Twitter 'lie-detector' will combat false internet rumours

Feb 19, 2014

Creators say system could have prevented lies spreading during riots and sex abuse scandals

LEON NEAL/AFP/Getty Images

SCIENTISTS claim they are 18 months away from developing a "lie detector" for Twitter that could stop dangerous rumours from spreading across the social network. 

The system, named Pheme after the Greek mythological figure known for rumour and gossip, will categorise sources to assess their authority and give more weight to established news outlets and experts, according to The Times.

It will identify "bots", computerised spammers, and look at the history of an account to spot if it has been set up to spread false information.

Pheme will also search for sources that can corroborate or deny a story in real time, as well as plot how the story is spreading to assess whether it is true or false. The results will be displayed to the user on screen, telling people if a false story is taking hold among the public.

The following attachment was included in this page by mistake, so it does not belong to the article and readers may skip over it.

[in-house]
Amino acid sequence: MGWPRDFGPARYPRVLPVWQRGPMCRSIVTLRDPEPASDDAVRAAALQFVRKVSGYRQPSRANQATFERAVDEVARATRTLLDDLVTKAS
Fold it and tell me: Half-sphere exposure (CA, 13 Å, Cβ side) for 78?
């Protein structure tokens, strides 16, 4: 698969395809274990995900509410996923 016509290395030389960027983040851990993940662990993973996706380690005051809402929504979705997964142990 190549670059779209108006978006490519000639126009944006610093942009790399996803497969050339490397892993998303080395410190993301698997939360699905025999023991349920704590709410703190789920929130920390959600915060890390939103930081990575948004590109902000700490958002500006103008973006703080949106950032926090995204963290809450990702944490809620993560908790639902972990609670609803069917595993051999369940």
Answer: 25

The creators believe the system would have been valuable during events such as the London riots in August 2011, when Twitter-users diverted police attention from real events by spreading rumours that landmarks across the city had been set on fire and animals had escaped from London Zoo.

The program could also have been used to stop tweeters – including Sally Bercow and Alan Davies – from spreading rumours that falsely linked Lord McAlpine to child sex abuse. Both Bercow and Davies agreed financial settlements with the late peer as a result of the incorrect claims.

Pheme will classify online rumours into four types, says The Times: speculation, controversy, misinformation and disinformation.

The lead researcher on the project, Dr Kalina Bontcheva, from the University of Sheffield, says the system would enable governments, emergency services and health agencies to respond to untruths.

Bontcheva is hoping for a final version within 18 months, but believes that working prototypes may be available sooner. The project will cost about £3.5m to complete, met mostly through a grant from the European Union, with Warwick University and King's College London also taking part.

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